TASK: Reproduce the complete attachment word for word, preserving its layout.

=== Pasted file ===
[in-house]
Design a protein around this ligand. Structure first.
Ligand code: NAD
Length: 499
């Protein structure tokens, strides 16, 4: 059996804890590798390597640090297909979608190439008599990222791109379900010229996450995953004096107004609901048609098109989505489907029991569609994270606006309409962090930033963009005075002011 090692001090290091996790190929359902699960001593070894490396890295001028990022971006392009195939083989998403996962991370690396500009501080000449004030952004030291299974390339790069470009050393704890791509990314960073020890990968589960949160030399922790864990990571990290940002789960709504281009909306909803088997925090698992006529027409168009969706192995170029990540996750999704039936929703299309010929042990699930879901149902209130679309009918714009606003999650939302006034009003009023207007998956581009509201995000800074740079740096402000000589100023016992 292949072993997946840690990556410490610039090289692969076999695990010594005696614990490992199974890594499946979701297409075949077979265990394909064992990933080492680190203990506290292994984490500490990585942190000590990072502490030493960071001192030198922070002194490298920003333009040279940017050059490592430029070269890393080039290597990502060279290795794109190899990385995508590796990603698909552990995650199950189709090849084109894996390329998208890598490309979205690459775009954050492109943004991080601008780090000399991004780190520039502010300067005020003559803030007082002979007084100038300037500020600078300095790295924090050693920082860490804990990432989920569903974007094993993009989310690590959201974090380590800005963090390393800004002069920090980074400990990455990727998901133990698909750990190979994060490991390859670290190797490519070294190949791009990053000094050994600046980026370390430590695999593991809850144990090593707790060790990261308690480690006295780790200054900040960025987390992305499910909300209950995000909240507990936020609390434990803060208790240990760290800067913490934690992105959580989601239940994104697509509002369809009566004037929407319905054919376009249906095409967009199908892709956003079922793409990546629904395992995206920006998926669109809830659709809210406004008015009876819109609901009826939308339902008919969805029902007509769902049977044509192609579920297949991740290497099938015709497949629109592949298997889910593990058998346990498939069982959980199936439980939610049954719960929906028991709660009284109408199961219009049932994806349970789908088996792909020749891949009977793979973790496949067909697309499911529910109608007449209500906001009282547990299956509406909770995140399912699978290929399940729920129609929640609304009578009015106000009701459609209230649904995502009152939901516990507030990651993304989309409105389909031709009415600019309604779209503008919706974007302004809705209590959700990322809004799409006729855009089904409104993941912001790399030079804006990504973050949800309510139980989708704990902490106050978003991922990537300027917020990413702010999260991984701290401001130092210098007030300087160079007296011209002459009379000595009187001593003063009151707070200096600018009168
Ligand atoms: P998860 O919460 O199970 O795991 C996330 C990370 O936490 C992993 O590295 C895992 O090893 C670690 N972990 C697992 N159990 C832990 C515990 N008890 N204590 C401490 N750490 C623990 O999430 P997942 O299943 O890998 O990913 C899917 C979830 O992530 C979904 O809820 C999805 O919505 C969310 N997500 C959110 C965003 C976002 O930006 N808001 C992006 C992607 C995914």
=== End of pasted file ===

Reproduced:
[in-house]
Design a protein around this ligand. Structure first.
Ligand code: NAD
Length: 499
């Protein structure tokens, strides 16, 4: 059996804890590798390597640090297909979608190439008599990222791109379900010229996450995953004096107004609901048609098109989505489907029991569609994270606006309409962090930033963009005075002011 090692001090290091996790190929359902699960001593070894490396890295001028990022971006392009195939083989998403996962991370690396500009501080000449004030952004030291299974390339790069470009050393704890791509990314960073020890990968589960949160030399922790864990990571990290940002789960709504281009909306909803088997925090698992006529027409168009969706192995170029990540996750999704039936929703299309010929042990699930879901149902209130679309009918714009606003999650939302006034009003009023207007998956581009509201995000800074740079740096402000000589100023016992 292949072993997946840690990556410490610039090289692969076999695990010594005696614990490992199974890594499946979701297409075949077979265990394909064992990933080492680190203990506290292994984490500490990585942190000590990072502490030493960071001192030198922070002194490298920003333009040279940017050059490592430029070269890393080039290597990502060279290795794109190899990385995508590796990603698909552990995650199950189709090849084109894996390329998208890598490309979205690459775009954050492109943004991080601008780090000399991004780190520039502010300067005020003559803030007082002979007084100038300037500020600078300095790295924090050693920082860490804990990432989920569903974007094993993009989310690590959201974090380590800005963090390393800004002069920090980074400990990455990727998901133990698909750990190979994060490991390859670290190797490519070294190949791009990053000094050994600046980026370390430590695999593991809850144990090593707790060790990261308690480690006295780790200054900040960025987390992305499910909300209950995000909240507990936020609390434990803060208790240990760290800067913490934690992105959580989601239940994104697509509002369809009566004037929407319905054919376009249906095409967009199908892709956003079922793409990546629904395992995206920006998926669109809830659709809210406004008015009876819109609901009826939308339902008919969805029902007509769902049977044509192609579920297949991740290497099938015709497949629109592949298997889910593990058998346990498939069982959980199936439980939610049954719960929906028991709660009284109408199961219009049932994806349970789908088996792909020749891949009977793979973790496949067909697309499911529910109608007449209500906001009282547990299956509406909770995140399912699978290929399940729920129609929640609304009578009015106000009701459609209230649904995502009152939901516990507030990651993304989309409105389909031709009415600019309604779209503008919706974007302004809705209590959700990322809004799409006729855009089904409104993941912001790399030079804006990504973050949800309510139980989708704990902490106050978003991922990537300027917020990413702010999260991984701290401001130092210098007030300087160079007296011209002459009379000595009187001593003063009151707070200096600018009168
Ligand atoms: P998860 O919460 O199970 O795991 C996330 C990370 O936490 C992993 O590295 C895992 O090893 C670690 N972990 C697992 N159990 C832990 C515990 N008890 N204590 C401490 N750490 C623990 O999430 P997942 O299943 O890998 O990913 C899917 C979830 O992530 C979904 O809820 C999805 O919505 C969310 N997500 C959110 C965003 C976002 O930006 N808001 C992006 C992607 C995914």